Catherine Opie: I’m always wanting to recontextualize the notion of what is iconic by creating not only this utter kind of seduction of beauty of us entering the work, but then a way for us to recontextualize the way that we actually look at things. And I could no longer just make work about community in relationship to ideas of its structure. I had to start making work about my friends.
Elizabeth Botten: Hello, I'm Elizabeth Botten, Reference Specialist and Blog Editor here at the Archives of American Art.
Sarah Bohannan: And I'm Sarah Bohannan, external affairs specialist. Welcome to ARTiculated. This podcast receives support from the Alice L. Walton Foundation.
Elizabeth Botten: This episode describes photographs that depict cutting in an S/M context.
Elizabeth Botten: Catherine, or Cathy, Opie is a photographer whose work examines the spaces, places, and symbols that connect us with one another and ourselves. From her emergence in the early 1990s with portraits of butch lesbian SM culture, to her cityscapes and landscapes, to her inventory of the objects in Elizabeth Taylor's house, Opie's photography engages fundamental questions about the histories and human stories made available through images.
Sarah Bohannan: In this episode, we will learn about Opie's navigation of queer and feminist visibility from the 1980s to today, as well as her sense of how documentary photography can enrich our understanding of our world and experiences.
Opie was born in Sandusky, Ohio in 1961, where she was precocious in her artistic ventures.
She talks about her first pull to photography during her 2012 oral history with interviewer Hunter Drohojowska-Philip:
Catherine Opie: Yeah, I asked for a camera for my ninth birthday. And I had written a report about Lewis Hine, and I wasn’t a very good student. I didn’t understand the world through words, even though I was an avid reader. Even though I completely was obsessed with books and my, my face was always in a book, I really began to, at an early age, begin to kind of look the world in relationship to—I guess it’s ideas of kind of being represented, or creating representations of that.
So I asked for a camera when I was nine because Lewis Hine’s photographs of the children in the uh, South Carolina mills working just totally affected me when I saw them in my school textbook. A) I kinda couldn’t believe that kids that young were working in these kind of mills. And even though I could read the words in my textbook, it really was the image that became this profound realization for me of just like, what that image did.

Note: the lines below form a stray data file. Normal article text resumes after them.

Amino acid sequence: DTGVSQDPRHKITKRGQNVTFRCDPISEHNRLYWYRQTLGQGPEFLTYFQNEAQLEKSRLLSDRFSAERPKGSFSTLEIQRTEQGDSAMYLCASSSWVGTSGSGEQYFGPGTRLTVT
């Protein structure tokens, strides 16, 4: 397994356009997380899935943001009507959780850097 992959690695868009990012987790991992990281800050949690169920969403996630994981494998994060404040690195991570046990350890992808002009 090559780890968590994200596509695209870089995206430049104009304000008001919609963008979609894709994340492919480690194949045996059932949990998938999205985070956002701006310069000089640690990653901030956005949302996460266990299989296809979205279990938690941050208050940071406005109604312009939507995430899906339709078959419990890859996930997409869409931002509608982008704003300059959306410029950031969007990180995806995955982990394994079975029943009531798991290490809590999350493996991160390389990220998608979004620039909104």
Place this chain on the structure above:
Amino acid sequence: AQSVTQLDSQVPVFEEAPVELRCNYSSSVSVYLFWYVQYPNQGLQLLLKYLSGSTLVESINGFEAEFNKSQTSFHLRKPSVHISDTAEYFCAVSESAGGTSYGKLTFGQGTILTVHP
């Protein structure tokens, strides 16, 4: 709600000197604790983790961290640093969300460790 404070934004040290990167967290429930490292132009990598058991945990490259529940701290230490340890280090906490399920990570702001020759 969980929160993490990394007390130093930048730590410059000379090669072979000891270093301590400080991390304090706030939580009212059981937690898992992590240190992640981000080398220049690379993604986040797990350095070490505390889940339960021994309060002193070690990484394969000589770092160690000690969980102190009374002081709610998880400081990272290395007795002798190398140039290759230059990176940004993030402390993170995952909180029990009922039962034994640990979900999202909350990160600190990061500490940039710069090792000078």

Sarah Bohannan: Lewis Hine was a sociologist and photographer whose documentary work throughout the south and midwest bolstered support for child labor laws across the country. Opie's mentors and photography expanded as her family relocated to Northern California. In her oral history, she details her immersion and the SM world of San Francisco and how she came to understand the synthesis of her erotic and photographic lives.
Catherine Opie: No, it’s appealing to me. I’m playing. I’ve become a pretty good player. I’m known as a pretty darn good masochist.
Hunter Drohojowska-Philp: [Laughs.]
Catherine Opie: I had practice of being a masochist, so—
Hunter Drohojowska-Philp: And how did that, psychologically and emotionally—did you question it, or did you just decide to go along with it?
Catherine Opie: Went along with it, but it felt like , again, almost like an alter personality, like I was able to—I’ve done very [well] at compartmentalizing myself in my life. So when I worked at the YMCA, that was Cathy with the kids. When I worked at the Kenmore Residence Club, that was like, the Kenmore Residence Club. And then when I was at school, that was me being the art student.
So, it’s like I’ve always been able to navigate multiple situations at the same time. And there’s a little bit of like, oh I’m just sporting this. It was odd—I don’t know really how to describe it. I was utterly into it, but at the same time, what was always more important to me was my identity as an artist.
So I’m playing and I’m doing it and I’m photographing it privately. I’m photographing for On Our Backs, the lesbian porn magazine, privately, under "Cathy Opie," but not under this Catherine Opie. So it’s all Cathy Opie.
Hunter Drohojowska-Philp: Well, like that’s such a pseudonym.